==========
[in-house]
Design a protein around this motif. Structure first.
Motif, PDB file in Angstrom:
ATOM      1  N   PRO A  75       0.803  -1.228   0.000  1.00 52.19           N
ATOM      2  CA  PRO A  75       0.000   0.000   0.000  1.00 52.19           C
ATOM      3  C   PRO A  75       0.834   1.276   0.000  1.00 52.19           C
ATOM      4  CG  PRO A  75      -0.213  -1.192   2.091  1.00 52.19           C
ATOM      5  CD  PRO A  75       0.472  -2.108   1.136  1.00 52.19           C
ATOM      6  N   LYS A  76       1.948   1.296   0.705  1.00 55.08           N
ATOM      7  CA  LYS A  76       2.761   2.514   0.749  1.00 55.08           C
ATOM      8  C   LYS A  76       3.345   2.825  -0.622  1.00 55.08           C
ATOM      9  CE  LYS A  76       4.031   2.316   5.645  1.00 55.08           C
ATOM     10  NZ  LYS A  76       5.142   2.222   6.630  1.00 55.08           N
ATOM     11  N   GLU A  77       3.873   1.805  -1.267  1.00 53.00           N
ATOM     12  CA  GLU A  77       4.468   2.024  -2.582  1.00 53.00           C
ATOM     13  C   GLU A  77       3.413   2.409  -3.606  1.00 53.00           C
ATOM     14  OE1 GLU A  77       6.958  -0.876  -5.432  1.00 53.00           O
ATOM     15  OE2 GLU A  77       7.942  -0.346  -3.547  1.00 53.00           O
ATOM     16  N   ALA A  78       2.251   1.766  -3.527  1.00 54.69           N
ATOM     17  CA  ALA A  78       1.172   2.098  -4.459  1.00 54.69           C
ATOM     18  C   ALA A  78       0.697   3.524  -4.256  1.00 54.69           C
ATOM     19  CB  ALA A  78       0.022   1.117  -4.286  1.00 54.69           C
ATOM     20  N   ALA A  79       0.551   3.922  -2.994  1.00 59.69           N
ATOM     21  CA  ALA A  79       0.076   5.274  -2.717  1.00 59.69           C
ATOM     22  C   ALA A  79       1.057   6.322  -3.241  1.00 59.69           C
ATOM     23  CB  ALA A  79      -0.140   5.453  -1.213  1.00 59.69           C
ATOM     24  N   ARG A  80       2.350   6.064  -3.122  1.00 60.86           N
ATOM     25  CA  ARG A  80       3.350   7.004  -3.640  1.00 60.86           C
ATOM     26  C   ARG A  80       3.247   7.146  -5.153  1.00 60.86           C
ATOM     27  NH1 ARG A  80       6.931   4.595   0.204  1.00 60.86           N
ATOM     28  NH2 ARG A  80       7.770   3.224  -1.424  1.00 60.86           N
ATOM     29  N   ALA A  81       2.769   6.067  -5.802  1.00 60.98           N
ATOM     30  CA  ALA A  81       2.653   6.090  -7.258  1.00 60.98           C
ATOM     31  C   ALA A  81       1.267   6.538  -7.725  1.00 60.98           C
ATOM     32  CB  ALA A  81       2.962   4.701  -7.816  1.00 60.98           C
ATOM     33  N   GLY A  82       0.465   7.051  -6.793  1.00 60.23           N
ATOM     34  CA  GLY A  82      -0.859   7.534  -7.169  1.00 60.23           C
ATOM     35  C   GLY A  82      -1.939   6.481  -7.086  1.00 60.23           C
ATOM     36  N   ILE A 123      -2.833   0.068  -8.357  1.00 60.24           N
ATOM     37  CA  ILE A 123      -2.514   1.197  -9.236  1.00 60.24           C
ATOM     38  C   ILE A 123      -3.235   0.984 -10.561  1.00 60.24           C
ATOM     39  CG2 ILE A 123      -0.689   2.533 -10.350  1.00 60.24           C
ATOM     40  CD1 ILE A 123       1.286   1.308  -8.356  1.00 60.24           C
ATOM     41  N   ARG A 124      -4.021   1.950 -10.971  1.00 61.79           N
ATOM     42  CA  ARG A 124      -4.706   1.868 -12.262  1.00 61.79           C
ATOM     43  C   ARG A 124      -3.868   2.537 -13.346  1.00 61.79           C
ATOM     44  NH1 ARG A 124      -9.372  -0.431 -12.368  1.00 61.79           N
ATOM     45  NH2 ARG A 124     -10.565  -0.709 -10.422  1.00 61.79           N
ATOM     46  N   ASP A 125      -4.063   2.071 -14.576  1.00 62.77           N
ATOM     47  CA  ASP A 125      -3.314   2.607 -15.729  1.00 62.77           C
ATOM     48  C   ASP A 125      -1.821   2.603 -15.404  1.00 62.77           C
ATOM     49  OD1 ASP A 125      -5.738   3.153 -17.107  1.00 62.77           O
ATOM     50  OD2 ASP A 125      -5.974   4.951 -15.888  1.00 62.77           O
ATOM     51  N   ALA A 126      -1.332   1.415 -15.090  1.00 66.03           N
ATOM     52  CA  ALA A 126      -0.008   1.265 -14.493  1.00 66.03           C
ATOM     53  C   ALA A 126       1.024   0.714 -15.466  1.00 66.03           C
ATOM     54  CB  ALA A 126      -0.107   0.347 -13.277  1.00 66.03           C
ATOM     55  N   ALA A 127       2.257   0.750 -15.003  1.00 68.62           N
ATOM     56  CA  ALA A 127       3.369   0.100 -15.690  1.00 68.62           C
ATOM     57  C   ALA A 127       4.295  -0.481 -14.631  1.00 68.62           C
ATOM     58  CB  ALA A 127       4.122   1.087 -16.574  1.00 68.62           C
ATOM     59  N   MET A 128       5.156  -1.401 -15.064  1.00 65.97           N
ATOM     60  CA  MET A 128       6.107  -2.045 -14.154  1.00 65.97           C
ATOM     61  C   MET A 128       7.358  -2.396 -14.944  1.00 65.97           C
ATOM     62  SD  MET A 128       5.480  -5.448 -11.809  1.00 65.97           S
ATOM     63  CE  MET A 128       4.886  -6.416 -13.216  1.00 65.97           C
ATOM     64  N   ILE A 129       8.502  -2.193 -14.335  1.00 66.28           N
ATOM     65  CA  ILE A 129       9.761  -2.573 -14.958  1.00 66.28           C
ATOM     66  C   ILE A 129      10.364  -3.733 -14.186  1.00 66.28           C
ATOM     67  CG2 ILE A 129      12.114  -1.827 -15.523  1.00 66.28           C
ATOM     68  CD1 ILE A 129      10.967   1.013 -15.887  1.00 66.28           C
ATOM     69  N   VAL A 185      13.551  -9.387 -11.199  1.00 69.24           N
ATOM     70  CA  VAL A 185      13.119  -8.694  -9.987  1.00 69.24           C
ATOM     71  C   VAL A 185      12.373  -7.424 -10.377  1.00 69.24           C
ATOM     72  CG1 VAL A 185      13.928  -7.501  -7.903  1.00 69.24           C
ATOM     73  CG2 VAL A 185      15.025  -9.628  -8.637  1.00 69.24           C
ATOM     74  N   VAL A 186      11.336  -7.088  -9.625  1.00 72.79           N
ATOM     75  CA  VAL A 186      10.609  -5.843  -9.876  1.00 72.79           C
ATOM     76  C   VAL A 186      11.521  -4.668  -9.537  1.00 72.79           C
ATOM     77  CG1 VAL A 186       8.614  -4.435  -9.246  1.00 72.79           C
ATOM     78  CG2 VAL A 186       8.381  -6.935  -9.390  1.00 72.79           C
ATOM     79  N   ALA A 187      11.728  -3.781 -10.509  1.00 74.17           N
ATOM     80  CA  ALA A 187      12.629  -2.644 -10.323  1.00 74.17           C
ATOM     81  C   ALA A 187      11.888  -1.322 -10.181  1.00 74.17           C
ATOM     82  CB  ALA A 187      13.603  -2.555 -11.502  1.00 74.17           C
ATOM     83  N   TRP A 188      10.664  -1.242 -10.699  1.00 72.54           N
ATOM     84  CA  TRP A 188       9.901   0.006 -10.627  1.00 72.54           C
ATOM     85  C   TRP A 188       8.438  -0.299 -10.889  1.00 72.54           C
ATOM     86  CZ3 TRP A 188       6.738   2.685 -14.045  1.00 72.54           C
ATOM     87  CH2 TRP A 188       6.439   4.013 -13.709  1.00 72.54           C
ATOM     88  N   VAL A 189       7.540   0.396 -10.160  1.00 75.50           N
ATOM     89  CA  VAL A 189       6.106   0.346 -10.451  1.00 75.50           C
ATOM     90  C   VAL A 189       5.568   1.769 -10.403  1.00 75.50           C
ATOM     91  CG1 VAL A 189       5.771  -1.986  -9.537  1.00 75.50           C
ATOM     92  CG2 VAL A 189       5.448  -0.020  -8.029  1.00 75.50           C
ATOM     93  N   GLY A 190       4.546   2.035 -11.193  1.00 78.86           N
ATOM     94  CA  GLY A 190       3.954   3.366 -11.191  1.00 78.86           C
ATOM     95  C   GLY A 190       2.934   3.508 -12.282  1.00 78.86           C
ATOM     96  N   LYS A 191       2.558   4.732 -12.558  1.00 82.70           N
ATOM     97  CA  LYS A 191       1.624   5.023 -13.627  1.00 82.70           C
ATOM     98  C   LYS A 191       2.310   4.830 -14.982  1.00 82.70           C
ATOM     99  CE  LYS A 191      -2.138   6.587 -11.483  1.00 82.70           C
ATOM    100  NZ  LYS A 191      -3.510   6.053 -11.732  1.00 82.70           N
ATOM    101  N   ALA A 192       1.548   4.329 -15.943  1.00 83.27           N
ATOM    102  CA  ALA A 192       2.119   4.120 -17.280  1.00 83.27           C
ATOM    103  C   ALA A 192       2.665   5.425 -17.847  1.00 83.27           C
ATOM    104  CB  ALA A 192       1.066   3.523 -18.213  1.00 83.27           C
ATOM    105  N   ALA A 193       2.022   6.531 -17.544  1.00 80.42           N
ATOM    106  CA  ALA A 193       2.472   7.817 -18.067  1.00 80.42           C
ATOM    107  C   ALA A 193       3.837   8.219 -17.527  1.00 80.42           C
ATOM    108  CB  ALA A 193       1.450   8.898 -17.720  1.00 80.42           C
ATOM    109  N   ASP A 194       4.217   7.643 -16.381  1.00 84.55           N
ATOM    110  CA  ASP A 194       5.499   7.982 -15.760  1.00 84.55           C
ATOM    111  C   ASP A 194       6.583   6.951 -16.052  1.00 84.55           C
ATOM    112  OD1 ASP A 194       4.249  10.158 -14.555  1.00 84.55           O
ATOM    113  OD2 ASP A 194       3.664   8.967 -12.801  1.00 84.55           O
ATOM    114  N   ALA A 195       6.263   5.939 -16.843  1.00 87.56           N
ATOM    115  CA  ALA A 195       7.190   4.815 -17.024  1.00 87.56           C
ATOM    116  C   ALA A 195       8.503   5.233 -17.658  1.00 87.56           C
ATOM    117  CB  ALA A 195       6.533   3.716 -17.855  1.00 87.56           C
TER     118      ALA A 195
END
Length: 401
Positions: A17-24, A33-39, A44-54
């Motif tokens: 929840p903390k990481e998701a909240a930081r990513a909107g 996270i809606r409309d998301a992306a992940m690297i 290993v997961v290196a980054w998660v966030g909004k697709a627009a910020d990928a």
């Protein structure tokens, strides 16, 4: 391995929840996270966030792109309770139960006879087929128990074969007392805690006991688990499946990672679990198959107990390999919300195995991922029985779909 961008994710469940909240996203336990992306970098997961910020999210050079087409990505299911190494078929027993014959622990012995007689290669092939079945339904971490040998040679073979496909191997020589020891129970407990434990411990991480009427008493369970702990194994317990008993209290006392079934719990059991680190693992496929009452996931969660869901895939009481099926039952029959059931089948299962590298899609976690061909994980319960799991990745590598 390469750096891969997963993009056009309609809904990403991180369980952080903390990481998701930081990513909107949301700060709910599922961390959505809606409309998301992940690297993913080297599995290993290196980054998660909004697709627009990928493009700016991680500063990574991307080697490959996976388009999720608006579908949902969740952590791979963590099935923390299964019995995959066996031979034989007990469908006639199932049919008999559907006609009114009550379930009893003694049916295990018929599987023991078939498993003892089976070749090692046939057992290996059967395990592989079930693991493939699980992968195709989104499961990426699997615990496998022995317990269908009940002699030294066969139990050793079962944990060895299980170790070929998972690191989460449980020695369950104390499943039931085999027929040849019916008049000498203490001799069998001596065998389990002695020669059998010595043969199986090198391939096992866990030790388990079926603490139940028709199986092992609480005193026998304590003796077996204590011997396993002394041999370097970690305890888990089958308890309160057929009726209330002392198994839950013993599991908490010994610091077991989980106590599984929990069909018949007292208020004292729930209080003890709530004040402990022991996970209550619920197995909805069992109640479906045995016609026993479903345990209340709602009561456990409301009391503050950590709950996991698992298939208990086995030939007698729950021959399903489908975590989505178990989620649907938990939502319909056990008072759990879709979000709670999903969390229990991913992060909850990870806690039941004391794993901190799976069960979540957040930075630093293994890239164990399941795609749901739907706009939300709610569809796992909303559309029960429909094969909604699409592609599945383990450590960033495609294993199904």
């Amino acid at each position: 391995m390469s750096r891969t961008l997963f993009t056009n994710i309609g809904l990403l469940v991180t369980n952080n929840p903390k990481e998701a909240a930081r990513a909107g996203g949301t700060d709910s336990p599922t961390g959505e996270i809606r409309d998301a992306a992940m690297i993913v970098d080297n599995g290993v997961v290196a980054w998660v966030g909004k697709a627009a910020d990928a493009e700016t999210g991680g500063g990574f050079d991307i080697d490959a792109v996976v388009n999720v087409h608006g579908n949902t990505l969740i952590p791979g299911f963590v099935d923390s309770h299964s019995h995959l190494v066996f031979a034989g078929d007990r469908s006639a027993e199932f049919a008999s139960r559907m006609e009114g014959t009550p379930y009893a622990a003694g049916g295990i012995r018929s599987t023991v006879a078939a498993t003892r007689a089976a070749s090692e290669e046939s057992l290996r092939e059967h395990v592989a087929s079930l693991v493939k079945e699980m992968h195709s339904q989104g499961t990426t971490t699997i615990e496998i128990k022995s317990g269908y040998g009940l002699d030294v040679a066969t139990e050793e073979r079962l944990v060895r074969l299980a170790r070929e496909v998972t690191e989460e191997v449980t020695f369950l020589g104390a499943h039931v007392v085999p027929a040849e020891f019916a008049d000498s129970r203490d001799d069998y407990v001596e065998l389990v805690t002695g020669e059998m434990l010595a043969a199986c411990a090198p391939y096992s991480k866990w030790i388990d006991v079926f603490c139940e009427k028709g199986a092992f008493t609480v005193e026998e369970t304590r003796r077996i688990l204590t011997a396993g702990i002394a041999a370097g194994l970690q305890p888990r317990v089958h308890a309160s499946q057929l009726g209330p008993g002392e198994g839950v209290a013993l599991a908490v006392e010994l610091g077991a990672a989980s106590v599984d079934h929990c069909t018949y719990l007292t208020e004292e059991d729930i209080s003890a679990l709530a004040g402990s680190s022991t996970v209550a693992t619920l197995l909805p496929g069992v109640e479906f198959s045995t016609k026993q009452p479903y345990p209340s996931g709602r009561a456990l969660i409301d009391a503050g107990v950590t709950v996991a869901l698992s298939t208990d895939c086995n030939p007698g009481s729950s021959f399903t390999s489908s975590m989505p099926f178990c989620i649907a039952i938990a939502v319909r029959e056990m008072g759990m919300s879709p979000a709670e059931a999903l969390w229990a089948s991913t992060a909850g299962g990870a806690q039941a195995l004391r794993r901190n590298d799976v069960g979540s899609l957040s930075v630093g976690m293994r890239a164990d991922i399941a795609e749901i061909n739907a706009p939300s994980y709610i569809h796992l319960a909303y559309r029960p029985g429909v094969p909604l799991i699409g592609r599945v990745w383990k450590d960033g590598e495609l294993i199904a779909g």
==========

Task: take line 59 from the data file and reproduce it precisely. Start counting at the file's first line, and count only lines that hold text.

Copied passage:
ATOM     56  CA  ALA A 127       3.369   0.100 -15.690  1.00 68.62           C